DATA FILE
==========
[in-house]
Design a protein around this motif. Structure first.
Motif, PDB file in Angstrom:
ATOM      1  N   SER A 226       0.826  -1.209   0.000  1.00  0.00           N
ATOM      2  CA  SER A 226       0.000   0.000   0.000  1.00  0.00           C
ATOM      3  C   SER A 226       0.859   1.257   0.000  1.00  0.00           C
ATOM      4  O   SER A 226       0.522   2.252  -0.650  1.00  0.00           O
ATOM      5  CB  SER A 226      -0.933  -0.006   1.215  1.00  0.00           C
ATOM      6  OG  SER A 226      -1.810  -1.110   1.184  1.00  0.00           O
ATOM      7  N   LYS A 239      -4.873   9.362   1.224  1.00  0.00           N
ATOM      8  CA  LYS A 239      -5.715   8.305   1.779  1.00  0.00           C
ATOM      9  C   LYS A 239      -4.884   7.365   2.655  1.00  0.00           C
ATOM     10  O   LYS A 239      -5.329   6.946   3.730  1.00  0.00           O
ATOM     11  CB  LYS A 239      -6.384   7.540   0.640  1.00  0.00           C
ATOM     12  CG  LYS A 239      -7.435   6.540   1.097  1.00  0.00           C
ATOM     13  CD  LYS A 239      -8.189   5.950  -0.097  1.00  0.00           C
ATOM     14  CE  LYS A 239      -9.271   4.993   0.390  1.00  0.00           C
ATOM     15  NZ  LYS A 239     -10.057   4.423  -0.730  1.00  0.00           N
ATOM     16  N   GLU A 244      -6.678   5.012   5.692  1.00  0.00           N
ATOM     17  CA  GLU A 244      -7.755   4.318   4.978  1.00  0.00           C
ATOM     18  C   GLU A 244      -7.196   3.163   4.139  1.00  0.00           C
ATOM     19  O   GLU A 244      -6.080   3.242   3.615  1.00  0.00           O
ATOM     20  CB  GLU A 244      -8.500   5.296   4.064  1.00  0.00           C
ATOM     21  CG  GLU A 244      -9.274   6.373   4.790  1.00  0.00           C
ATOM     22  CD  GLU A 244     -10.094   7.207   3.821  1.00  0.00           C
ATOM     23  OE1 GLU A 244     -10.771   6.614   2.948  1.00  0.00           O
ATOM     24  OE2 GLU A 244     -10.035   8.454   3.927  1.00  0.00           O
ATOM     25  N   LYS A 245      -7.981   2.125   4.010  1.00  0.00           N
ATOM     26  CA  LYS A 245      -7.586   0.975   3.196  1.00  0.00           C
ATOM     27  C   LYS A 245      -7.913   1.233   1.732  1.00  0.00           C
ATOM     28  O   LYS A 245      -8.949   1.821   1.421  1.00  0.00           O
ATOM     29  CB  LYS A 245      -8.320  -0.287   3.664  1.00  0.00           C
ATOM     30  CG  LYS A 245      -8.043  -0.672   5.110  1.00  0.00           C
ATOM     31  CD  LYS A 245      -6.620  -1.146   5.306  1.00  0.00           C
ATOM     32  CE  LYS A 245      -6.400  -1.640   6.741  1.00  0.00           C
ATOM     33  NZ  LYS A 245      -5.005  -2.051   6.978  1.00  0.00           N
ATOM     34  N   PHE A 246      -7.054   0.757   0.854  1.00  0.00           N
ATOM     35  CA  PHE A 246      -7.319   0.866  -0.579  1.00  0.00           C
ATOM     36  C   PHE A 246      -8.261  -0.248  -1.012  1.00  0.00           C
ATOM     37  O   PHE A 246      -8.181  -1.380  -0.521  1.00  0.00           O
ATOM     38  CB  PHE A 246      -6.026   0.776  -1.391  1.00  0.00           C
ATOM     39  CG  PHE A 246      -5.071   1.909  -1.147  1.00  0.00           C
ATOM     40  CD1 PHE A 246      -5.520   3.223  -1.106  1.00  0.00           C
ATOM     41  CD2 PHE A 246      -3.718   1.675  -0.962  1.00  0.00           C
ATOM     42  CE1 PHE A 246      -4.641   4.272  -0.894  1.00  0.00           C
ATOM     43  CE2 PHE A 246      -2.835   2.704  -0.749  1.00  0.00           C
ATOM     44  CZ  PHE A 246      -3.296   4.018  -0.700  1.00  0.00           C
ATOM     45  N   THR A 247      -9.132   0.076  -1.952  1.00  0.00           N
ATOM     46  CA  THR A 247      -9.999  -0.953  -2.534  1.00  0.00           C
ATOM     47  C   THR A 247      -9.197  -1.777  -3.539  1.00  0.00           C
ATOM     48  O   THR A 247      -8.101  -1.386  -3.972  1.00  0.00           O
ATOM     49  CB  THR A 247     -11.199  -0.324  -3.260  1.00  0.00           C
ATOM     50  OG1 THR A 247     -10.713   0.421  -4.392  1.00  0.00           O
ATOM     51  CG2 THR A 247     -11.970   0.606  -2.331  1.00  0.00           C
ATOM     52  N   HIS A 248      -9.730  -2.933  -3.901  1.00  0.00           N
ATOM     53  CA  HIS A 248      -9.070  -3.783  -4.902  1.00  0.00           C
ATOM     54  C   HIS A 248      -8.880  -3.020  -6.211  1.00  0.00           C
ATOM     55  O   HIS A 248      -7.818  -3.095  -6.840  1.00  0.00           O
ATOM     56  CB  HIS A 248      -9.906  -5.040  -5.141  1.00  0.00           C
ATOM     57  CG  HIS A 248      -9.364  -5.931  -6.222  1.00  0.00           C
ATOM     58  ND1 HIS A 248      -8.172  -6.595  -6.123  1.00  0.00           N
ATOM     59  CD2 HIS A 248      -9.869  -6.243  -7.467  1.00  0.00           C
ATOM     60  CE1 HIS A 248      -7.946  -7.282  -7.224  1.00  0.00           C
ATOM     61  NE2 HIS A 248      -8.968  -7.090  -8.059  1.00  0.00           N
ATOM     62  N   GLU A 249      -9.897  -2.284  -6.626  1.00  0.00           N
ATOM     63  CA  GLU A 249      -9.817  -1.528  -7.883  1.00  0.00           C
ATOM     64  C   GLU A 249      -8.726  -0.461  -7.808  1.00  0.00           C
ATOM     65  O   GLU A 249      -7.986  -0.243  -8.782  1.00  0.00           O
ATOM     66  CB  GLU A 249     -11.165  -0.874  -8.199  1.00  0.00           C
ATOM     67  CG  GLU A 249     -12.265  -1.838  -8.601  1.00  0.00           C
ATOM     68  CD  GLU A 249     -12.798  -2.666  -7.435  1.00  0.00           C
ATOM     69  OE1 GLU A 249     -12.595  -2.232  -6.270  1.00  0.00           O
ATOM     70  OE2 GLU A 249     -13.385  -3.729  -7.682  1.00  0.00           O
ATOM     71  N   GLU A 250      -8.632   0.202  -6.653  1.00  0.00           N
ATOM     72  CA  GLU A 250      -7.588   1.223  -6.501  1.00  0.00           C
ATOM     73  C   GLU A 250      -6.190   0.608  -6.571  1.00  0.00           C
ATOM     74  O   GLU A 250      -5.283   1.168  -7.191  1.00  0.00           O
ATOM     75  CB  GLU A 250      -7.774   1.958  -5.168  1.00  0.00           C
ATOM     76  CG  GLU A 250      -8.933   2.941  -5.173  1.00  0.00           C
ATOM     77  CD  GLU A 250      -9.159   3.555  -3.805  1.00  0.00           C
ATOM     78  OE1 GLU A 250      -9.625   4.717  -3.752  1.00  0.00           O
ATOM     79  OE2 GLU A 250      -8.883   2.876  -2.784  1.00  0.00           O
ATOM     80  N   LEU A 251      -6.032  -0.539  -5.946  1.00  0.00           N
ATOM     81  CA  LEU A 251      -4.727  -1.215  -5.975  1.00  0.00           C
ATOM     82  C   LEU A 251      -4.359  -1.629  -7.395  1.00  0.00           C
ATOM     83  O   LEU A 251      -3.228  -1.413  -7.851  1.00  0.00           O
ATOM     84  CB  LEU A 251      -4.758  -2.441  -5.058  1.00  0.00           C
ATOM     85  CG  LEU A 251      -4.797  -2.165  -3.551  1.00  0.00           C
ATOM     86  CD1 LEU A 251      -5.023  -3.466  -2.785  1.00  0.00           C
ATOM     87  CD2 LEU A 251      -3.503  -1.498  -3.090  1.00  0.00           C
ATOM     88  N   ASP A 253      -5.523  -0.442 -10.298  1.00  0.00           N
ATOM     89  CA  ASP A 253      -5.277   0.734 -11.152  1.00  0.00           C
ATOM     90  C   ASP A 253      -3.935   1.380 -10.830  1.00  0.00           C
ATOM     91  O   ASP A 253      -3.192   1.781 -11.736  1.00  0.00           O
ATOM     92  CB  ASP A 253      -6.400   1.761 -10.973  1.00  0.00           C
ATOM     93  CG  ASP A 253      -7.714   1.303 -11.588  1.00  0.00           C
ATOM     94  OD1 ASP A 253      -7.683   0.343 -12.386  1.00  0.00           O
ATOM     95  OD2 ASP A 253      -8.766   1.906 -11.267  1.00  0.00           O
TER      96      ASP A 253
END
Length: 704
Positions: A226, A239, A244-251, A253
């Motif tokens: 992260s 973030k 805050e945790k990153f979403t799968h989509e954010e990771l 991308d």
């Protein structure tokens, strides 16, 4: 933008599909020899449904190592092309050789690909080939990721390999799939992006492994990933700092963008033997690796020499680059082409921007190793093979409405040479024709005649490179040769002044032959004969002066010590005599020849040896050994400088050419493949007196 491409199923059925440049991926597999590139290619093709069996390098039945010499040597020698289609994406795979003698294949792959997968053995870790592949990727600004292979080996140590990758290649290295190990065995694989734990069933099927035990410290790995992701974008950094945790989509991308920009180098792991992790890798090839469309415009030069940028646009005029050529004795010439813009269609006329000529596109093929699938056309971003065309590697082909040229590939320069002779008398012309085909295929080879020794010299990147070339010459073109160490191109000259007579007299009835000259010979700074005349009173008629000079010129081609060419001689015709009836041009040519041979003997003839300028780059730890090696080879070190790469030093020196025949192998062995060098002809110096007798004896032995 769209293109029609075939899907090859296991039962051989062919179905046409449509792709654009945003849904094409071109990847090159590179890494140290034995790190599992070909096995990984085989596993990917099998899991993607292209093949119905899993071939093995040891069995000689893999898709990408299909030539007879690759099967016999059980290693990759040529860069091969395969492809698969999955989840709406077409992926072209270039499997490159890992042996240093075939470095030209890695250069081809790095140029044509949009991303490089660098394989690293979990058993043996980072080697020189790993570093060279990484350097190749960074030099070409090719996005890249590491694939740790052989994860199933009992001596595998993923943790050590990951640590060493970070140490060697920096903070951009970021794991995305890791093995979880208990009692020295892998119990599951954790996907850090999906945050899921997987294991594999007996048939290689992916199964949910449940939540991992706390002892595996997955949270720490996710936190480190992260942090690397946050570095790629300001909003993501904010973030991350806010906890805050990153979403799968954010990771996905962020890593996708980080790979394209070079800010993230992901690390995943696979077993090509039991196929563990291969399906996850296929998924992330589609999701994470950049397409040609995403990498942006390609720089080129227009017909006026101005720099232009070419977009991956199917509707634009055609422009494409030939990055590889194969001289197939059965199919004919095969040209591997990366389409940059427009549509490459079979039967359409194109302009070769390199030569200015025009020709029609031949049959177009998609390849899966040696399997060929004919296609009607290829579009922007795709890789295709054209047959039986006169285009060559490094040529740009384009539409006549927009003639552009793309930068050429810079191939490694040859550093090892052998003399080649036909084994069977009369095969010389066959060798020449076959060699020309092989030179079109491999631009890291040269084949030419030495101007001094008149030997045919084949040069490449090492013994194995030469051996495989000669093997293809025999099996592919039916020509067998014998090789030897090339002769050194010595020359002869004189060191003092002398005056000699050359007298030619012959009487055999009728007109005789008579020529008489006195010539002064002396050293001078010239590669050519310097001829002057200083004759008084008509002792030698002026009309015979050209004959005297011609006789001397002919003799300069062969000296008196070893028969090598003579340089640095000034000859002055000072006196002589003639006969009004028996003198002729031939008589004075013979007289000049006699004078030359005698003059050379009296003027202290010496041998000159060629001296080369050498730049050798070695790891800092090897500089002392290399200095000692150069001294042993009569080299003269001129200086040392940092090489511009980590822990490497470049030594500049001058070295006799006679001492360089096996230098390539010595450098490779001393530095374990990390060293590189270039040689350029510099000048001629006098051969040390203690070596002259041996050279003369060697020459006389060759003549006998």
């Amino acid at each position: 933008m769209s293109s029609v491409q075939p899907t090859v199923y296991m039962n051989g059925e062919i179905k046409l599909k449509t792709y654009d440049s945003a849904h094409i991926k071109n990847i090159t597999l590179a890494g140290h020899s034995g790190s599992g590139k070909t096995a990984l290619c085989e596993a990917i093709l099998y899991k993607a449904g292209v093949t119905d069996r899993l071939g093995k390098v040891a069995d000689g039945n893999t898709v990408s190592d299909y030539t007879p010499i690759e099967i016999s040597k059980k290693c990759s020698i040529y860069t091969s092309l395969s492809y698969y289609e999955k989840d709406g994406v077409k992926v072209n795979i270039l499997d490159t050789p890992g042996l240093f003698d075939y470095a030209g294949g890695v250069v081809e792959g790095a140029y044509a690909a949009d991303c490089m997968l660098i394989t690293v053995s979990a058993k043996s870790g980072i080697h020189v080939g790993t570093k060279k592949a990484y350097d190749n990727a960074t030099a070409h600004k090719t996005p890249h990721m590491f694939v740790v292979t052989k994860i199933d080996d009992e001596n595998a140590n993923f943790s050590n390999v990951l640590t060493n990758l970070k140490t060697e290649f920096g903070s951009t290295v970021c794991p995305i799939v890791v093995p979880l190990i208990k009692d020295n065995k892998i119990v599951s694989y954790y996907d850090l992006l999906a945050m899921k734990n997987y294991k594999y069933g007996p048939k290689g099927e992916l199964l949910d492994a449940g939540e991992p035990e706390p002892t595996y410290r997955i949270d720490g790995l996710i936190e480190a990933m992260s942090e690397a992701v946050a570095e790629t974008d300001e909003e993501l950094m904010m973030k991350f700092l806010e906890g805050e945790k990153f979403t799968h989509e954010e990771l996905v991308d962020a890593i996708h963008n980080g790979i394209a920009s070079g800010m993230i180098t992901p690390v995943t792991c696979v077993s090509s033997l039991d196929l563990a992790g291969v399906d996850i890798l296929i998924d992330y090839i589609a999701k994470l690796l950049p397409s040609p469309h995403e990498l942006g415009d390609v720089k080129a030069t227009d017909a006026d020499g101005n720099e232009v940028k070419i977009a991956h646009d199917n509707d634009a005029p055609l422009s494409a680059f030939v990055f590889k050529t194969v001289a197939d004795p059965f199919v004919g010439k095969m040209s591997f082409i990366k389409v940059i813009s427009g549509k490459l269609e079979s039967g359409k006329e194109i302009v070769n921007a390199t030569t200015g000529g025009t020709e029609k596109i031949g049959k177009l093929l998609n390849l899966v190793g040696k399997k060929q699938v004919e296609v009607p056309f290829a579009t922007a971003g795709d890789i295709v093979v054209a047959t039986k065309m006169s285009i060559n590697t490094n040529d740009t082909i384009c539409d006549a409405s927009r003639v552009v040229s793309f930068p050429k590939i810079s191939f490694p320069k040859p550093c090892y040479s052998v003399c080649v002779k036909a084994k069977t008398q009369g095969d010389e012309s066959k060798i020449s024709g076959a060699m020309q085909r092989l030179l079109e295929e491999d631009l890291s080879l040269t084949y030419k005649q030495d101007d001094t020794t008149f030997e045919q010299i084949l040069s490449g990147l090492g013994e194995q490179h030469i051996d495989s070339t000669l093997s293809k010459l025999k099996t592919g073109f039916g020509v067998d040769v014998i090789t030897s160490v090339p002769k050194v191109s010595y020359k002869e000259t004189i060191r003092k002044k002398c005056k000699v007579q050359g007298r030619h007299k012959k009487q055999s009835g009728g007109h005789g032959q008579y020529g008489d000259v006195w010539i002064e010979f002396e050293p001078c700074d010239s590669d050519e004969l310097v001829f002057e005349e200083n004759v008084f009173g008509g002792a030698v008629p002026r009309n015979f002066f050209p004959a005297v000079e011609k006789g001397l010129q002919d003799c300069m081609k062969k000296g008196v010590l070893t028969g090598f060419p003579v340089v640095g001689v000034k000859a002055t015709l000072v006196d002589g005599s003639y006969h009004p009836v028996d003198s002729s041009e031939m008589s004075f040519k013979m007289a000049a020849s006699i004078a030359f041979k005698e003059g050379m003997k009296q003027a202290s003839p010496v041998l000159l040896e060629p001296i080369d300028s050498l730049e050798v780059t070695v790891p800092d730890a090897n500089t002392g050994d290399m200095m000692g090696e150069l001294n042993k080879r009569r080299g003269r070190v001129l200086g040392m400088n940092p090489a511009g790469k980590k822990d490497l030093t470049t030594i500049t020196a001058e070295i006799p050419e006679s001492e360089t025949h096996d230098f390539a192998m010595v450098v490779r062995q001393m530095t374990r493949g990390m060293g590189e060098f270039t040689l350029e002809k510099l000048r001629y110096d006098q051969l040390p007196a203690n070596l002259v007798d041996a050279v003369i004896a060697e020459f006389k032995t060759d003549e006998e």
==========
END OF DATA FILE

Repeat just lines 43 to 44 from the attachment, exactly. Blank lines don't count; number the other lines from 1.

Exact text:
ATOM     40  CD1 PHE A 246      -5.520   3.223  -1.106  1.00  0.00           C
ATOM     41  CD2 PHE A 246      -3.718   1.675  -0.962  1.00  0.00           C